Workplace Communication

In an era of Casual Fridays and work-from-home colleagues, how can you maintain effective office communication in a changing business climate?

We’ll steer you through changes in business etiquette, and help you successfully navigate through the new realities of workplace conflict and office politics.

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Effective leaders learn how to put aside roving thoughts and distractions when conversing with people and open their ears. Here are some tips for active listening.

Building a network of people you can reach out to for advice, vendor recommendations, job candidate referrals and more can make your life much easier. However, if you are an introvert, the thought of connecting with strangers can seem anything but easy. Follow this advice for networking at industry events.

Whether they’re a screamer, a blamer, a nit-picking perfectionist, an over- or under-delegator, or just a plain old bully, bad bosses are as common as the jobs they supervise. Here's how to stay sane and get ahead.
To get the information you really need to do your job well, you have to listen—not just "hear," but really listen. How's your approach to active listening? Take this quiz and find out:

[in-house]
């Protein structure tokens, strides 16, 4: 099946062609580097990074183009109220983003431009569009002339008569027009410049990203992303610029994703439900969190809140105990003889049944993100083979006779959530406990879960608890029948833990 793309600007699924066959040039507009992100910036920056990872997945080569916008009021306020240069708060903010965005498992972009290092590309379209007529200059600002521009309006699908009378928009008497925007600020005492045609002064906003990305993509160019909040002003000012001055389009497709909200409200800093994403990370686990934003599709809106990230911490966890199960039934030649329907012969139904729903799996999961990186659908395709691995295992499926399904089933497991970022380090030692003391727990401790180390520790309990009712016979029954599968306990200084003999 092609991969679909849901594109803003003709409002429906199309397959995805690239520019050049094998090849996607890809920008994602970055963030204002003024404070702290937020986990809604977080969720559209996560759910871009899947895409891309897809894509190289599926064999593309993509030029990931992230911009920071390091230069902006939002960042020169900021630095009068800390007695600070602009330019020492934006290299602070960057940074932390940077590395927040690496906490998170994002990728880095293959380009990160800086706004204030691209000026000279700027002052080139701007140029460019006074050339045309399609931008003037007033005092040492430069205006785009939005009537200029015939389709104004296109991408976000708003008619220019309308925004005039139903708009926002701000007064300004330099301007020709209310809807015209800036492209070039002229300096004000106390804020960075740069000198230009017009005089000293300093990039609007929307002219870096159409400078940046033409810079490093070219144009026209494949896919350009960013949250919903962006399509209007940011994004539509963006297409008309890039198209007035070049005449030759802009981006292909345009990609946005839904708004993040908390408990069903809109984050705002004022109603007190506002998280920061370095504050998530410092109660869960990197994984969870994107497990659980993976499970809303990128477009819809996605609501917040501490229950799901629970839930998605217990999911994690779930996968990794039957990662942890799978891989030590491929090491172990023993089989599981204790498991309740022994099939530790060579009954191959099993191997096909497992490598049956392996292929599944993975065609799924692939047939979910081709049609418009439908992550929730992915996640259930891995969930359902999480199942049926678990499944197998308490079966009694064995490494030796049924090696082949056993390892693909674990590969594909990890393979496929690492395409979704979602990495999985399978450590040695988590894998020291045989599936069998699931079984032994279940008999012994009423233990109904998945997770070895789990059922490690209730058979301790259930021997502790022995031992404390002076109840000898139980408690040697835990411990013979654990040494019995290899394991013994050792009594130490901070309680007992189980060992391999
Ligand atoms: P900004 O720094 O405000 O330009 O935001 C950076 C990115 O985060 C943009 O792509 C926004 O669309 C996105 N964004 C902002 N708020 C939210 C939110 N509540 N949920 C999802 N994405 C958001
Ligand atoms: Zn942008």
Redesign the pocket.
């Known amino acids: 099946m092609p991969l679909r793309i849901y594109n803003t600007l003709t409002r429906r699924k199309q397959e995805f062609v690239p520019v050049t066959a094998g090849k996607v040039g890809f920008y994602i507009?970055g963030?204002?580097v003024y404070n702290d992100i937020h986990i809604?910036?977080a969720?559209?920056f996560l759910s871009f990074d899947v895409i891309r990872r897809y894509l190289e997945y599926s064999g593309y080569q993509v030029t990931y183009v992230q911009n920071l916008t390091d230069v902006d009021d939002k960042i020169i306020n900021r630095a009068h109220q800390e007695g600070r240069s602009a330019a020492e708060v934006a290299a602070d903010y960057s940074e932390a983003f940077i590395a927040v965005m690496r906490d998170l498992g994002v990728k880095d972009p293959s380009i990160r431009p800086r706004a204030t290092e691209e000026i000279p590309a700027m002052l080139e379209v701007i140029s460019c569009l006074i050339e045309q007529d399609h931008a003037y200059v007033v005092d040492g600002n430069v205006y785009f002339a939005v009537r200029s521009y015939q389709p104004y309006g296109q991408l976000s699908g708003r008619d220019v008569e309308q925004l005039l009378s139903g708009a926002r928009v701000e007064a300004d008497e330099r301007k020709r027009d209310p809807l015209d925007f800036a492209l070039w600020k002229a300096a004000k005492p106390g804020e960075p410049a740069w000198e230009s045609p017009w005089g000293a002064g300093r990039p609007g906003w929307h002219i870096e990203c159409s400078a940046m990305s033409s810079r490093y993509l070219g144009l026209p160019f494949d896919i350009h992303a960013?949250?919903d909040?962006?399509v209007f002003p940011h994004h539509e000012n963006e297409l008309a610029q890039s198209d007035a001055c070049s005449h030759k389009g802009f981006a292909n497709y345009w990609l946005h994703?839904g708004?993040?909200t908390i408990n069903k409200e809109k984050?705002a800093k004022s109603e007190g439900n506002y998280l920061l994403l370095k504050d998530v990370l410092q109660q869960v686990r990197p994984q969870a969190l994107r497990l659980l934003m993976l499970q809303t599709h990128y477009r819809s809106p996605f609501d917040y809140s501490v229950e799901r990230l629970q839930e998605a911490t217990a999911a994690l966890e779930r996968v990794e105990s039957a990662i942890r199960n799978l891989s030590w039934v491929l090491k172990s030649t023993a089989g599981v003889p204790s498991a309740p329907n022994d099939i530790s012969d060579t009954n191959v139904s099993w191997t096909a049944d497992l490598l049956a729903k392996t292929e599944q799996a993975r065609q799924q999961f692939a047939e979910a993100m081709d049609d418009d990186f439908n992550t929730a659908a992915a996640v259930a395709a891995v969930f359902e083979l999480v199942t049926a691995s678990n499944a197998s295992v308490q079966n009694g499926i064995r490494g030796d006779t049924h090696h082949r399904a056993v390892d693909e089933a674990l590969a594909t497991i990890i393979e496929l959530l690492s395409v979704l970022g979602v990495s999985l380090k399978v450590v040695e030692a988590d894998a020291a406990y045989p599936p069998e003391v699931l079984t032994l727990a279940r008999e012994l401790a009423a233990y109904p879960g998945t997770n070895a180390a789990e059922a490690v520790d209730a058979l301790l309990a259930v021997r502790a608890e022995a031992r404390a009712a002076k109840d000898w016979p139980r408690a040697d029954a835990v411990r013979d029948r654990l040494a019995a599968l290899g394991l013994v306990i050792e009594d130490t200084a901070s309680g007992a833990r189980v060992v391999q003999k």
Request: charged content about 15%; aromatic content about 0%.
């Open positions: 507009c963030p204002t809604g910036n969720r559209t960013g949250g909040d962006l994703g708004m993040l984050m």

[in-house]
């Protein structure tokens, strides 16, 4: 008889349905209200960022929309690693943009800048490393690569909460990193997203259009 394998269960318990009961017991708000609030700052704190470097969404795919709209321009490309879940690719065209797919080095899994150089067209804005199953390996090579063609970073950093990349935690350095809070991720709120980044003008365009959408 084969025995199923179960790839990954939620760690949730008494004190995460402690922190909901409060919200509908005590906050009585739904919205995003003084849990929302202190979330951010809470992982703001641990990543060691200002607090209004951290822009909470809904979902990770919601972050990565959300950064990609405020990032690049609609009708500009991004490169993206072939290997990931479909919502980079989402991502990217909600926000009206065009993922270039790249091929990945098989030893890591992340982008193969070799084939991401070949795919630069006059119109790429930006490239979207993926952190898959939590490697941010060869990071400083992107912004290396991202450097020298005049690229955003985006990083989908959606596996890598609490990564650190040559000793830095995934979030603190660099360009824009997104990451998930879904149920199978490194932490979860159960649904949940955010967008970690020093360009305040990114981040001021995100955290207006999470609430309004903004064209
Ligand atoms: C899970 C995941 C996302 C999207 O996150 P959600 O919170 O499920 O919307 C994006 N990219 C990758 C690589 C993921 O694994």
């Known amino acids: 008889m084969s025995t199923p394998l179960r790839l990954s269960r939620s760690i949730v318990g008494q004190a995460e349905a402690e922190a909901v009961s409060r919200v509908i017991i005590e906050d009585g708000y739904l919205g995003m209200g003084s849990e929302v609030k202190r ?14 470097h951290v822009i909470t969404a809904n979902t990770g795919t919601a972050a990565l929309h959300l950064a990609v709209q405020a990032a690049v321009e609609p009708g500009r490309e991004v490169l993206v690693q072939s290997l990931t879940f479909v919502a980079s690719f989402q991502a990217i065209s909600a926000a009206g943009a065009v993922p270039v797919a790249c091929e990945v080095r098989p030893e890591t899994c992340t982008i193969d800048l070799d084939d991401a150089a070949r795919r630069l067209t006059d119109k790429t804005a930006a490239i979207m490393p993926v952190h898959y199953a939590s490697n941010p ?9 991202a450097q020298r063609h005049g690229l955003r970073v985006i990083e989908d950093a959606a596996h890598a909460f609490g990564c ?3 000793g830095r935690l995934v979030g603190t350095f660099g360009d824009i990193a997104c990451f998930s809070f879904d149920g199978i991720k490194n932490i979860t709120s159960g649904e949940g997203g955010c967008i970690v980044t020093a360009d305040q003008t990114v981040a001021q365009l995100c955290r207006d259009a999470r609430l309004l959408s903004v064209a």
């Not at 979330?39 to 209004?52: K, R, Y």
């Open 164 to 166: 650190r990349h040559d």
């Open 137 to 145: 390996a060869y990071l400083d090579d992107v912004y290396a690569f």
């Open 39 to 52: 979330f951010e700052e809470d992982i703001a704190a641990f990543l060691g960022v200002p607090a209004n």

Don’t let a bad morning commute or rude comment from a co-worker affect your attitude for the entire day. Fol­­low this advice to get back on track.
Email is the most predominant—and preferred—means of communication for most business professionals. Follow these tips to leave the best possible impression when you conclude your email.
While it’s completely normal to feel some level of nervousness before and during a job interview, there are several ways to ease our anguished psyches.
They're out there, hiding, ready to sneak up on your document and make it look amateurish. Can you stop them before the damage is done?

When you think of a well-oiled, smooth-running office, organization and a strict adherence to procedures come to mind. Such traits give the workplace stability, a sense of direction and a rudder. But according to Sue Shellenbarger, writing in The Wall Street Journal, an uncompromising rigidity in organization creates a double-edged sword.